Consequently, #WorldConsumerRightsDay is an appropriate day to raise awareness! Consumers are entitled to an online shopping experience that is safe and secure from fraud. Online platforms connecting people and those that profit from commerce over their websites should be responsible, comply with the law and recognize the ethical responsibility to assure consumers a safe and trusted environment.
TRACIT has been pleased to work with @UNCTAD Intergovernmental Group of Experts (IGE) on Consumer Protection Law and Policy and @OECD Committee on Consumer Policy to safeguard consumers new online risks.
Let’s start today, let’s work towards:
To learn more about TRACIT’s eCommerce and fraudulent advertising principles & positions, please visit: https://www.tracit.org/counterfeiting--piracy.html
This article was originally published by the International Institute for Strategic Studies
As the pain of vaccine shortages is being felt across Europe, Stefano Betti warns that black marketeers may be exploiting a bigger-than-expected gap between the legal supply and demand of COVID-19 vaccines.
While the approval of new vaccines against COVID-19 during the last months of 2020 was celebrated around the world, law-enforcement agencies braced themselves for the emergence of a corresponding black market in such vaccines. In early December 2020, Interpol issued an alert warning its 194 member countries to expect organised crime groups to become engaged in the falsification, theft and illegal advertising of these products. Mexican gangs have reportedly already set up manufacturing laboratories for fake vaccines.
Long before the onset of the pandemic, an illicit economy for medicines had prospered globally, with a wide range of illegal products traded on the black market. Some are genuine, but may be unregistered or unlicensed. These are often ineffective – for example, because they have been smuggled without respecting storage requirements. Counterfeit medicines are the most dangerous and potentially life-threatening, especially when they contain the wrong active ingredient or the wrong amount thereof. Although we do not (yet) have data about the health risks posed by counterfeit vaccines, there is no reason to suppose that these will be less harmful than falsified medical products in general. But the consequences of the development of a black market for vaccines are potentially more far-reaching.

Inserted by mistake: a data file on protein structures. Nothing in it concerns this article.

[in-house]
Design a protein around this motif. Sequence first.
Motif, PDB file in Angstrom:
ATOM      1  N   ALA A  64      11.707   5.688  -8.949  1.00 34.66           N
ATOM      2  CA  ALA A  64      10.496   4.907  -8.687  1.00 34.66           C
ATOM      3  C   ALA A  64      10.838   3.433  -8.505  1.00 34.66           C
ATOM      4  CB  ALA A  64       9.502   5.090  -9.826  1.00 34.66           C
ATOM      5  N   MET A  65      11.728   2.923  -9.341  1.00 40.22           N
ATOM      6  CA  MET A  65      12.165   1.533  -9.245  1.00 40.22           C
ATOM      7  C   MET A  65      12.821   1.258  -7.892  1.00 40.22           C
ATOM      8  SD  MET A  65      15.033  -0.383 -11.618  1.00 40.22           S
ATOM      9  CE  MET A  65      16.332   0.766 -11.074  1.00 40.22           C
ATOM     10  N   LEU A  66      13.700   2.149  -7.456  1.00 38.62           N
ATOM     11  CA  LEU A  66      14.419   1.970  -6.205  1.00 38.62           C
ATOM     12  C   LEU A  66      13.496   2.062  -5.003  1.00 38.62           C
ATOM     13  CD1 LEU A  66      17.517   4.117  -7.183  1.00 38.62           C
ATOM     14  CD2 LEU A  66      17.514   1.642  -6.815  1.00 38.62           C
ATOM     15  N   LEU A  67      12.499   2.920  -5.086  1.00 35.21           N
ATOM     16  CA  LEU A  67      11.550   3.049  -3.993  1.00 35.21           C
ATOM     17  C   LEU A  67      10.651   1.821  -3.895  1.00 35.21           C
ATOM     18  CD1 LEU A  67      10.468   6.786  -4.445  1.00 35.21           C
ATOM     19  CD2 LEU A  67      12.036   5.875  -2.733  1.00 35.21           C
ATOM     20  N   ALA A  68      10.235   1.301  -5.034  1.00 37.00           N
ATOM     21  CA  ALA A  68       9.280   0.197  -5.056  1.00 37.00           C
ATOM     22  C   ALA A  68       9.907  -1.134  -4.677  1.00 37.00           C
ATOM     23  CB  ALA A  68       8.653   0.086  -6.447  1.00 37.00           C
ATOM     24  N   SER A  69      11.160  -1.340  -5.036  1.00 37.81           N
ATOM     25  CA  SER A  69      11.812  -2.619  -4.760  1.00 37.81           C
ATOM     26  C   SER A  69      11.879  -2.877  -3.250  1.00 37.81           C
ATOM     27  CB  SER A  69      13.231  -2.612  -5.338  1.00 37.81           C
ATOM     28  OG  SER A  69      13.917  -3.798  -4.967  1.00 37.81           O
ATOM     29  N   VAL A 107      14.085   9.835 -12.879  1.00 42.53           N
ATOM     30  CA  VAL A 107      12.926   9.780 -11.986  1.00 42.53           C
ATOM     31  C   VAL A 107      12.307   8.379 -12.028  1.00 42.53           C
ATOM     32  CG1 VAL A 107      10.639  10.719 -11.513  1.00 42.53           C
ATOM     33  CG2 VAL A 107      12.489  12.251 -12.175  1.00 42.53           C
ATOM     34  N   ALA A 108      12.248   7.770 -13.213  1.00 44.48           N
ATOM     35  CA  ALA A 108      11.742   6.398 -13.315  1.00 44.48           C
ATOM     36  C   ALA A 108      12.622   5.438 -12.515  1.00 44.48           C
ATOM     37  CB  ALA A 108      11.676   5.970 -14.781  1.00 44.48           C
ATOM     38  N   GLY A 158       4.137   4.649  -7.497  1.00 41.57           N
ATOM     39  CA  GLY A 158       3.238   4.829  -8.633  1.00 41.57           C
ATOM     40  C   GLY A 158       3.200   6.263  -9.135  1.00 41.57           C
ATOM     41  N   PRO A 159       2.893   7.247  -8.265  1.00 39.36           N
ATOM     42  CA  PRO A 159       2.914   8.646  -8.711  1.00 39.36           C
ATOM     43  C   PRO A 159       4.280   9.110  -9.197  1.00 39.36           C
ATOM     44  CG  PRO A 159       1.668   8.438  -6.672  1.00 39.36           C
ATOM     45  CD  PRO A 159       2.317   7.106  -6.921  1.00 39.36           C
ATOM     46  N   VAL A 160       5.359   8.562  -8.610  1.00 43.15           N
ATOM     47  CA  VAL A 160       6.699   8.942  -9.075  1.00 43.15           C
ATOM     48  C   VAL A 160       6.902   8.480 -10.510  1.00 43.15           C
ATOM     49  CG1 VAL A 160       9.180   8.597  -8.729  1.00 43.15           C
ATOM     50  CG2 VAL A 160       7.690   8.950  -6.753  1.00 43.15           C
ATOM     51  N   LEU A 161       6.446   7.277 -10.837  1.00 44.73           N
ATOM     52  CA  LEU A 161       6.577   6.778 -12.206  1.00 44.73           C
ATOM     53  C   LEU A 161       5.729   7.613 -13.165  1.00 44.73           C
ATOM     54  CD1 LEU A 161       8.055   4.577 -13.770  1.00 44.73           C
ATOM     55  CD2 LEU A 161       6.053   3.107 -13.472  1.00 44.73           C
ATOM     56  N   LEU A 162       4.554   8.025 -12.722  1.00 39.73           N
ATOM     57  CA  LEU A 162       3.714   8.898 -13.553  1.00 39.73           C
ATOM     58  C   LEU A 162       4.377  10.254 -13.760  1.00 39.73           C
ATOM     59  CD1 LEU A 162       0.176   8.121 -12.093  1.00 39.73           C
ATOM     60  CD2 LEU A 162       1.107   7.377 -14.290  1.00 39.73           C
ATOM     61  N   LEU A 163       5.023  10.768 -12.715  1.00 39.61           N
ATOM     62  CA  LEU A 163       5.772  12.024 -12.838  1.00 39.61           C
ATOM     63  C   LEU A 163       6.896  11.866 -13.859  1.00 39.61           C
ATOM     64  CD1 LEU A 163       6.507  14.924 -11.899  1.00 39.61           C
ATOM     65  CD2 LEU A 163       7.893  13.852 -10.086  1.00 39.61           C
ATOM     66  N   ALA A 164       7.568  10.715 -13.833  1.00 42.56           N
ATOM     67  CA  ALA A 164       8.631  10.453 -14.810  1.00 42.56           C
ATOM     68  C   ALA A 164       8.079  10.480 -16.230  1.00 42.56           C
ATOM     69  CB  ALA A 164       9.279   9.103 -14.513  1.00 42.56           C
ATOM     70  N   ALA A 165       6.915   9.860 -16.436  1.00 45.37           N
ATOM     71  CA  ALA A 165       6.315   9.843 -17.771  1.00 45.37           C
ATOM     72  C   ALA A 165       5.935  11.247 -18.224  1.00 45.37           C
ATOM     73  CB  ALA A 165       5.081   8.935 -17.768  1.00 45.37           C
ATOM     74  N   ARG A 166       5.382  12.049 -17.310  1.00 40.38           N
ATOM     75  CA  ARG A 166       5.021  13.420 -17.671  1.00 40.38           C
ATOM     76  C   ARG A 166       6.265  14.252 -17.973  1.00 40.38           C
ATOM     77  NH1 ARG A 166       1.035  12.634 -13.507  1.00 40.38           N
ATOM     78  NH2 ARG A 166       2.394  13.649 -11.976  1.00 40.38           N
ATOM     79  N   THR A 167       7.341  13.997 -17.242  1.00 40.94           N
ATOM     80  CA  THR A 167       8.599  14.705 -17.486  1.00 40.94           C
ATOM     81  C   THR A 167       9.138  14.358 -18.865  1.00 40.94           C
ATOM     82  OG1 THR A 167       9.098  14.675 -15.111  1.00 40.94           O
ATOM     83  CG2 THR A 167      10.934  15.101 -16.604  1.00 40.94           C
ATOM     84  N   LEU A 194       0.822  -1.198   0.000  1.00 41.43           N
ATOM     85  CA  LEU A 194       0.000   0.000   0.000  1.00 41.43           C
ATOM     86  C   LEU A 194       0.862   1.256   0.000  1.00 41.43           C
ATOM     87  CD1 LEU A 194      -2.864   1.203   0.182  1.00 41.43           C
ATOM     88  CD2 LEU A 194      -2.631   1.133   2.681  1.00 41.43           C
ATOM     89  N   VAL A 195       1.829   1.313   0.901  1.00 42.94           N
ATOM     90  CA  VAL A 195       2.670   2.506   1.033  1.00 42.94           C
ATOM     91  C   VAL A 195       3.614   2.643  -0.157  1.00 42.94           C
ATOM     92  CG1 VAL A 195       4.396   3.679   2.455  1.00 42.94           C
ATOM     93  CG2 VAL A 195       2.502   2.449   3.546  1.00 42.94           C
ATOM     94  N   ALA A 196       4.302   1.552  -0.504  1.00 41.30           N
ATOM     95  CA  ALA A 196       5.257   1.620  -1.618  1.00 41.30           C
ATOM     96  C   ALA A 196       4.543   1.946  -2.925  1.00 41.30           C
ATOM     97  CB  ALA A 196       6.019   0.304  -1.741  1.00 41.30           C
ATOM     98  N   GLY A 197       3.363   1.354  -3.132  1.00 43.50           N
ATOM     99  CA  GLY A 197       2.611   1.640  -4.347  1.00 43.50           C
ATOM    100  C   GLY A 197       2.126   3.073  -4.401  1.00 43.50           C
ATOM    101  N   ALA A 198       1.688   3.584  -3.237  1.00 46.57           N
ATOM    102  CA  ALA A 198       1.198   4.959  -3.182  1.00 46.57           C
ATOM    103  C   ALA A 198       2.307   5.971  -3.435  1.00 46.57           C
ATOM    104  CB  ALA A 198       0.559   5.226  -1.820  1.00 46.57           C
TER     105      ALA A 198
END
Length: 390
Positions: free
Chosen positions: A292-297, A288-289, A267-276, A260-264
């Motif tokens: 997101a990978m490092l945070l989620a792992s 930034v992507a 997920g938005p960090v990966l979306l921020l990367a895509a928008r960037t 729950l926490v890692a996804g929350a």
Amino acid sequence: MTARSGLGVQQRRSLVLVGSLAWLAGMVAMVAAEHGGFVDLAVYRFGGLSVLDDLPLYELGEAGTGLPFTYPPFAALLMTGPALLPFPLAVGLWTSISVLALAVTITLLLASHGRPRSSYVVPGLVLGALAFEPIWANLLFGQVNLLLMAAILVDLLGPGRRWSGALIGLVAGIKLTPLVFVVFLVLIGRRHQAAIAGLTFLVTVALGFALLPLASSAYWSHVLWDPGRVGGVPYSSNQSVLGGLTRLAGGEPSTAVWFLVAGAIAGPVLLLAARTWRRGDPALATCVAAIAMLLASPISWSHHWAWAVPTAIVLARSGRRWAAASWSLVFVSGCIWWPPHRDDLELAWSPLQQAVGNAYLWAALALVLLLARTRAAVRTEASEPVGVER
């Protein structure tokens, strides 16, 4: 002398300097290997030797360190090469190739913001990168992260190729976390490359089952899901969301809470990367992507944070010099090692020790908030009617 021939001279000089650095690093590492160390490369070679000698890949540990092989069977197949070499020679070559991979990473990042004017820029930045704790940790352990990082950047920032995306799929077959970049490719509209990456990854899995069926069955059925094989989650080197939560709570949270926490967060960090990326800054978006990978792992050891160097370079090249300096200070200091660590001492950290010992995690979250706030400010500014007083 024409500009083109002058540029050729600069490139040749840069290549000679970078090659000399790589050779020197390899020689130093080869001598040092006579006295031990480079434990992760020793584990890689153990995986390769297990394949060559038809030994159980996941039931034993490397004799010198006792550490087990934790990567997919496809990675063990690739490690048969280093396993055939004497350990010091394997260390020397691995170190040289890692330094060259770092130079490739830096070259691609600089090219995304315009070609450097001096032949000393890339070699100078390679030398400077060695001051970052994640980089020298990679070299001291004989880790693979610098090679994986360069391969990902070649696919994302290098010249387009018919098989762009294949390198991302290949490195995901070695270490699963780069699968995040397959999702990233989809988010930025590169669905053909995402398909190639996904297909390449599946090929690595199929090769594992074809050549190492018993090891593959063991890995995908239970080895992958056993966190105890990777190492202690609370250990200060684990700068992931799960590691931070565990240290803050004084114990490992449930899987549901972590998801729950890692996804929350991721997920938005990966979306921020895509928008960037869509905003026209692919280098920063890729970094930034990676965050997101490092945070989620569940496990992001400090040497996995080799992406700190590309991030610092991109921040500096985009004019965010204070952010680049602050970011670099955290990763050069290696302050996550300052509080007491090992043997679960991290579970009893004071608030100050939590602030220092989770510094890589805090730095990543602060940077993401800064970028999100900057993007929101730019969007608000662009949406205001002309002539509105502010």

Public-health and social consequences
Despite warnings that vaccinated people might continue to spread the virus, many of those who have been inoculated may entertain a false sense of security and feel more inclined to disregard social distancing and other protective measures against the pandemic. If they have been inoculated with an illegal (and ineffective) vaccine, the risk of spreading the virus will be even greater. Moreover, when fake vaccines are supplied by criminal organisations that have actively supported impoverished communities during the pandemic, like the Mexican case mentioned above, people may be even more inclined to accept the vaccines as effective, as they come from a source that they consider trustworthy.
The severity of the public-health impact generated by the above will clearly depend on the extent to which the illegal trade in vaccines will expand in the near future. Its size will, in turn, depend on the ability of governments to roll out speedy and comprehensive inoculation campaigns. In the European Union, there are indications that this objective will not be achieved any time soon. As three major pharmaceutical companies recently announced severe production shortfalls, black marketeers may be exploiting a bigger-than-expected gap between legal supply and demand.